Arduino Exposed (under construction)
Ver 0.07 Apr 8, 2015

This page demonstrates my experience with some of the Arduino systems. A lot has been written and posted to web pages both officially and unofficially, and on forums. Unfortunately much of the forum posts either don't address the problem correctly or post inaccurate or incomplete information. A lot of assumptions are made in configuring or interfacing to the Arduino. This page will try to address just a few of the problems I have encountered and demonstrate how to get things working correctly. 

I'm a late comer to the Arduino systems. In the past I have been involved in Microchip PIC processors. They are low cost, efficient, fast, and flexible. Recently I've noticed a surge in Arduino and Raspberry Pi, and all the many accessories available. Arduinos can be purchased from official Arduino suppliers or similar spin-offs on Ebay at a lower cost. You must watch out for some of the spin-offs. Some have different components or different configurations, but usually have the same pinouts as the Arduino factory versions, and work very similarly as long as the correct drivers are used.

Arduino has its origin in Italy. Almost all the software, development environment, libraries are available for free from the official Arduino site. There are many versions of the Arduino and are given Italian nicknames. Such as Uno, Yun, Nano, Leonardo, Duemilanove, Tre, Zero, Micro, Esplora, Mega, Robot, Pro, etc. These refer to the Atmel processor used and the on board features contained.

There are some new definitions you will encounter. The plug in accessories are called "shields". These are primarily sensors and I/O interfaces. Everything from WiFi, Ethernet, Barometer, Accelerometer, Thermometer, isolation relays, SD card interface, LED and LCD displays, real time clocks, USB interface, etc. The other term is "sketches". These refer to the source code you will write in the development software. The sketches are usually written in C++ language.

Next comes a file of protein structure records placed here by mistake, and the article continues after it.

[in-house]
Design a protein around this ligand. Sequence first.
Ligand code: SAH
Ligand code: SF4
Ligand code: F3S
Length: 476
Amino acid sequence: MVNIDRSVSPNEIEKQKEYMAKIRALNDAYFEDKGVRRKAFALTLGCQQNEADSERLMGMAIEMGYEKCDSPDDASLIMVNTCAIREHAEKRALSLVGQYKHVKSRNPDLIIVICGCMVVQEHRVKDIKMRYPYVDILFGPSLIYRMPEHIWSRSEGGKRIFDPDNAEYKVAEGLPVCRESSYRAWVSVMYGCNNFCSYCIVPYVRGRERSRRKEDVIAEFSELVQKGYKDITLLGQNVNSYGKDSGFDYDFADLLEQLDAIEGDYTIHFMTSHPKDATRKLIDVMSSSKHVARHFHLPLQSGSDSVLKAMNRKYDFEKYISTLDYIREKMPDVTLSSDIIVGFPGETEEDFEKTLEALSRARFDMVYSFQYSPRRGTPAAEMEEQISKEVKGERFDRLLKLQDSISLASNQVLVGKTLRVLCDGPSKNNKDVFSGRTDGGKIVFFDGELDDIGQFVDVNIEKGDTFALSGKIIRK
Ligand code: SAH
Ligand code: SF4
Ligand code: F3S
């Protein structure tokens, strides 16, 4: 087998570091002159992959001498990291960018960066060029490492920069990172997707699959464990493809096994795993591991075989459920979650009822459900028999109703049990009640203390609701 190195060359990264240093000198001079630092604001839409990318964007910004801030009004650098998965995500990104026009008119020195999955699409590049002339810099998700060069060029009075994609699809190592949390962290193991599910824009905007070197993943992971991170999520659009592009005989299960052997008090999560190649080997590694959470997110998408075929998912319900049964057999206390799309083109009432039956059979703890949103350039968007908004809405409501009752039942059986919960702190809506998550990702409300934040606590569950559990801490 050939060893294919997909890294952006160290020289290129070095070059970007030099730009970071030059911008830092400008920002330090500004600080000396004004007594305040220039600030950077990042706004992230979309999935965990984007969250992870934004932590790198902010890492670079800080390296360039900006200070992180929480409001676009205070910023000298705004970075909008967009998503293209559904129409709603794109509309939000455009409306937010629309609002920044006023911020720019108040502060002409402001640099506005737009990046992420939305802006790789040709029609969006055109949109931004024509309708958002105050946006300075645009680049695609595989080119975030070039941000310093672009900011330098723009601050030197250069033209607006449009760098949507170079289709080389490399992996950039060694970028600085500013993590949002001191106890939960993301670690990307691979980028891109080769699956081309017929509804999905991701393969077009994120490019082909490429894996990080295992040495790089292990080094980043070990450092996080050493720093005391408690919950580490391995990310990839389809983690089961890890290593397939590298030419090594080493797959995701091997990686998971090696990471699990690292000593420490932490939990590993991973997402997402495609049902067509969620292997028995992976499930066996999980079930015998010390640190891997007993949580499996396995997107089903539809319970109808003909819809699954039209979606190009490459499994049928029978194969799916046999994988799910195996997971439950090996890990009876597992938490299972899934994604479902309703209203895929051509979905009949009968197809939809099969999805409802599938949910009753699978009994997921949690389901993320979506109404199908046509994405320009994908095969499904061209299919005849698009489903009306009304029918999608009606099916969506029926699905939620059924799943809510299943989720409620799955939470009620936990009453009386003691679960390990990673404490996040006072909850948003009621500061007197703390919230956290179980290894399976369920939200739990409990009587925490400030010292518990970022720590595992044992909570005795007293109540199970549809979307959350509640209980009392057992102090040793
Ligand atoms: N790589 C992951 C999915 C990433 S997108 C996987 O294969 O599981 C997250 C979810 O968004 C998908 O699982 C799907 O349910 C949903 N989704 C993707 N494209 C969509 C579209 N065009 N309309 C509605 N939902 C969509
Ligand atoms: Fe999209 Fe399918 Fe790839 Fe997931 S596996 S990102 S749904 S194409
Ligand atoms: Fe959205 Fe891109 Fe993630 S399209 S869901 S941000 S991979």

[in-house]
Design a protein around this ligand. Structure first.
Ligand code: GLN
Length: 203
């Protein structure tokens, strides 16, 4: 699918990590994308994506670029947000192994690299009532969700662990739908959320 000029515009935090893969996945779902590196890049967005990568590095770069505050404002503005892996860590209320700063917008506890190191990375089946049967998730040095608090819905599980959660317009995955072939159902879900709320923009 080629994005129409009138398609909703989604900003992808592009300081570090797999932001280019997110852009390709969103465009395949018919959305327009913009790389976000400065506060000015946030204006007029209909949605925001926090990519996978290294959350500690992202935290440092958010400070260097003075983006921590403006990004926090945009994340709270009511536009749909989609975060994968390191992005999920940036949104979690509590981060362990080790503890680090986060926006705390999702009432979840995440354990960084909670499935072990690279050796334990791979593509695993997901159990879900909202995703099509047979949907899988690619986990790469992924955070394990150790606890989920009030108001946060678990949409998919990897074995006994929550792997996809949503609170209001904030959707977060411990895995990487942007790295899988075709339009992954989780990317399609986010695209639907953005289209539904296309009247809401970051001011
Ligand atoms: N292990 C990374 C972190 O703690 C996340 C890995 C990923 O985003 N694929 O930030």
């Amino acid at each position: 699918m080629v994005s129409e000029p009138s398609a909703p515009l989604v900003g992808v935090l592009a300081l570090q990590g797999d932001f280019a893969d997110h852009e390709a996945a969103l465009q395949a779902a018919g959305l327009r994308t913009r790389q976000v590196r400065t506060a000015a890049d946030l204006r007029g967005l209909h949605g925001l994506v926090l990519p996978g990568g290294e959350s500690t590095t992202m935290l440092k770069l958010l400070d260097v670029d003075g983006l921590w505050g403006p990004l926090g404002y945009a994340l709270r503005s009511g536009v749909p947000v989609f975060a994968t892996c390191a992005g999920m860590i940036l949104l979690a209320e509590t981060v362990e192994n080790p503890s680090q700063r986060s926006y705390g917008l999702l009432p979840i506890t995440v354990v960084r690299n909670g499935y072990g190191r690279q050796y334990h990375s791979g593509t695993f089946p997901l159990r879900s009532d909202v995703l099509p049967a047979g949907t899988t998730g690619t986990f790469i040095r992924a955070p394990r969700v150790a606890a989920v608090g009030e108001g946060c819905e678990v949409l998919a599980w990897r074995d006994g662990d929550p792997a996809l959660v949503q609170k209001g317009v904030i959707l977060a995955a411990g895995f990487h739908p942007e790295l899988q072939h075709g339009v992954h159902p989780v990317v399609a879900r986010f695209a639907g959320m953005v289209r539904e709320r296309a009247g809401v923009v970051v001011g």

Arduino's sample software and exclusive OEM boards should give you a functioning project right "out-of-the-box". However, once you use a third party processor board and/or accessory like an LCD display, you may encounter difficulties in getting it to work without correct drivers and/or changes to the code (sketch).

There are many help forums and pages dedicated to the Arduino project. Some on their official website and some unofficial help forums.

On this page I will explain and show my experiences with the Arduino Nano328.

This is one of the smaller boards and can be purchased either from their official website or vendor, or on Ebay. A word of caution, most of the ones on Ebay are spin-offs and not exactly like the OEM versions but work similarly. The nice thing about the China spin-off boards is that they come preprogrammed with a bootloader and a light blinking program uploaded. This demonstrates the board is functioning right from the start.

Gotcha #1. One primary difference is the USB serial interface chip. The OEM version uses the Future Technology FTDI chip. The Arduino development software comes with the proper drivers for the FTDI chip. If you need more later drivers you can go directly to the Future Technology website to download them.

The Chinese spin-offs use the CH340G USB interface chip and requires you to download the correct drivers from Driverzone. Search for the ch341ser.zip file there or on Google. Download and unzip in a separate folder and use the driver installation program in your Operating System Device Drivers and find the USB com port settings to install the CH340 driver. The file is also available from a Russian site but some computers will deny access to it. Once installed, and you plug an Arduino into you computers USB port it should it should recognize it immediately. If not, make sure the correct driver is installed. Check your computers device driver to make sure there are no yellow errors on the USB port. The comm port driver issue had me stumped for almost a week until I realized what the problem was and found the correct driver.